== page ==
$8 million seed round. We are convinced that the best strategy for positioning minority communities to benefit from the wealth and jobs created by the innovation economy is to bring more diverse investors to the table. This is exactly what FundersClub and others are doing. To date, the website has funded six companies two of which are led by African-American CEOs. This is an encouraging trend which suggests that a rising tide of investors may lift more startup

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boats, including those led by minority founders. Professional athletes who want to learn more about the startup game, within a controlled and low-pressure environment, might consider attending an upcoming Demo Day put on by YCombinator or 500 Startups in Mountain View, California. Ashton Kutcher and MC Hammer are regulars. Demo Day is almost equivalent to the NFL Scouting Combine except, the room is filled with less anatomically impressive people and everyone is talking about user traction, instead of forty yard dash times. Ronnie Lott, who has demonstrated a remarkable level of deft throughout his career—on and off the field—captures our sentiments best. He noted, “Just like Jackie Robinson explored the possibilities of playing in the big leagues, we also need to explore the possibilities of playing where innovation and economics collide to transform the future. We cannot afford to miss this game!”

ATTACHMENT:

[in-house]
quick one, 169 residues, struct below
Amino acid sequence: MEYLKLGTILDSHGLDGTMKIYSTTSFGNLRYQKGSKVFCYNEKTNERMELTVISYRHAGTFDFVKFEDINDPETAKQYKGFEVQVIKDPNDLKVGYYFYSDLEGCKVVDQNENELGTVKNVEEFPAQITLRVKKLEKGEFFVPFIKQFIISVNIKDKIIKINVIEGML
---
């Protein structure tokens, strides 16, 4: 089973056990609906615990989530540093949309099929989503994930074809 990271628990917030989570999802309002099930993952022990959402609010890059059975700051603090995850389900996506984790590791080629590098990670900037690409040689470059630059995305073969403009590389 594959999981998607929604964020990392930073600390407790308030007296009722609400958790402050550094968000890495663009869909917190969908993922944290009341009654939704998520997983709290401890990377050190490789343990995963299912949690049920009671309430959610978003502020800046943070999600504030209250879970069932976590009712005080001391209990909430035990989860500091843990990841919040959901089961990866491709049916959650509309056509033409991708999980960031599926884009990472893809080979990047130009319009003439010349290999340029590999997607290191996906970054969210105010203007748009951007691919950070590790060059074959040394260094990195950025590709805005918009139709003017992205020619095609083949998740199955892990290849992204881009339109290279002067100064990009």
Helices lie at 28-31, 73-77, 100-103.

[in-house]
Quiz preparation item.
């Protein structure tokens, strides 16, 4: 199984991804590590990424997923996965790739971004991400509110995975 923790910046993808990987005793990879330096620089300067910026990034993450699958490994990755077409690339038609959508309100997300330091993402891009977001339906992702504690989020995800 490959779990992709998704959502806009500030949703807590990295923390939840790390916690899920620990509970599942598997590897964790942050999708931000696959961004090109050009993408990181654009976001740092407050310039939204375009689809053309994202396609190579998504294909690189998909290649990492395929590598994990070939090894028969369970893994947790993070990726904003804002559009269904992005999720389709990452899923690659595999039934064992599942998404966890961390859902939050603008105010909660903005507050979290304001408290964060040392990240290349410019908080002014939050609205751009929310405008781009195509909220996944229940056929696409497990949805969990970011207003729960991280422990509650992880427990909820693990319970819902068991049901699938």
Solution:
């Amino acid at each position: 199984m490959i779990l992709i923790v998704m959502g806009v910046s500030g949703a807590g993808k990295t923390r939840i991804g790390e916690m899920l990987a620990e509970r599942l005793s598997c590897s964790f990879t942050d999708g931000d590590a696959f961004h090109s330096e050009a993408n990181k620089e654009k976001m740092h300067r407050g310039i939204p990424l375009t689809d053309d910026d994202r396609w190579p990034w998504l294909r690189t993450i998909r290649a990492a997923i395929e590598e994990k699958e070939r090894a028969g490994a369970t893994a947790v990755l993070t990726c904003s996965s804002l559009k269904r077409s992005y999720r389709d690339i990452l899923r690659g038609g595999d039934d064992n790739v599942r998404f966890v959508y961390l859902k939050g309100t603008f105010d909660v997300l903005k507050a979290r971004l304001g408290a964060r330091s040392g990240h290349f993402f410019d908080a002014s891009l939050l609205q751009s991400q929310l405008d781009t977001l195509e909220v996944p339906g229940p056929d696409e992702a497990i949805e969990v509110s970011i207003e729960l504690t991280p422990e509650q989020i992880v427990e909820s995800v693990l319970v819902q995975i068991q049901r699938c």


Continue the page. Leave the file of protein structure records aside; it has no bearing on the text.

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want a report from people who are symptomatic of what’s gone wrong?” Equally galling to younger Republicans was the op-ed Stuart Stevens wrote in The Washington Post on Nov. 28. In it, Romney’s top strategist struck an unrepentant tone, proudly noting that the candidate “carried the majority of middle-class voters” and that the party therefore “must be doing something right.” From her office near the Capitol, Kristen Soltis Anderson, a 28-year-old G.O.P. pollster, tried not to come unglued. “But you didn’t win the election,” she told me she thought at the time. “I’m really glad you scored that touchdown in the third quarter, I am — but you lost the game!” Anderson is a fantasy-football fanatic, with the rat-a-tat argumentative cadence that gives her away as a former high-school debater. Upon graduating from college, she became the lead singer of the Frustrations, a rock-ska group that folded, as only a D.C.-based band could, when one member decided to attend law school and another needed more time to study for the bar exam. Anderson, for her part, is now a pollster and vice president of the Winston Group. Like the Red Edge partners and virtually every other young Republican with whom I spoke, she regards herself as a socially tolerant, limited-government fiscal conservative. (Today Republicans of all age groups strenuously avoid describing themselves as “moderate,” a term that the far right has made radioactive.) Camera-ready and compulsively perky — she has twice appeared on Bill Maher’s ”Real Time” panel as a token conservative — she nonetheless lapses into despondency when talking about her party’s current state of denial. During one of the postelection panels, Anderson heard a journalist talk about his interviews with Romney staff members who had hoped to build a winning coalition of white voters. “That just stunned me,” she told me one afternoon over coffee. “I thought: Did you not see the census? Because there was one! And it had some pretty big news — like that America’s biggest growing population is the Latino community! Surprise, surprise! How have we not grasped that this is going to be really important?” One afternoon last month, I flew with Anderson to Columbus, Ohio, to watch her conduct two focus groups. The first consisted of 10 single, middle-class women in their 20s; the second, of 10 20something men who were either jobless or employed but seeking better work. All of them voted for Obama but did not identify themselves as committed Democrats and were sufficiently ambivalent about the president’s performance that Anderson deemed them within reach of the Republicans. Each group sat around a large conference table with the pollster, while I viewed the proceedings from behind a panel of one-way glass. The all-female focus group began with a sobering assessment of the Obama economy. All of the women spoke gloomily about the prospect of paying off student loans, about what they believed to be Social Security’s likely insolvency and about their children’s schooling. A few of them bitterly opined that the Democrats care little about the working class but lavish the poor with federal aid. “You get more off welfare than you would at a minimum-wage job,” observed one of them. Another added, “And if you have a kid, you’re set up for life!” About an hour into the session, Anderson walked up to a whiteboard and took out a magic marker. “I’m going to write down a word, and you guys free-associate with whatever comes to mind,” she said. The first word she wrote was “Democrat.” “Young people,” one woman called out. “Liberal,” another said. Followed by: “Diverse.” “Bill Clint o n . ” “ C h a n g e . ” “ O p e n minded.”“Spending.”“Handouts.”“Green.”“More science-based.” When Anderson then wrote “Republican,” the outburst was immediate and vehement: “Corporate greed.”“Old.”“Middle-aged white men.” “Rich.” “Religious.” “Conservative.” “Hypocritical.” “Military retirees.” “Narrow-minded.” “Rigid.” “Not progressive.” “Polarizing.” “Stuck in their ways.” “Farmers.” Anderson concluded the group on a somewhat beseeching note. “Let’s talk about Republicans,” she said. “What if anything could they do to earn your vote?” NASSAU COUNTY EDITION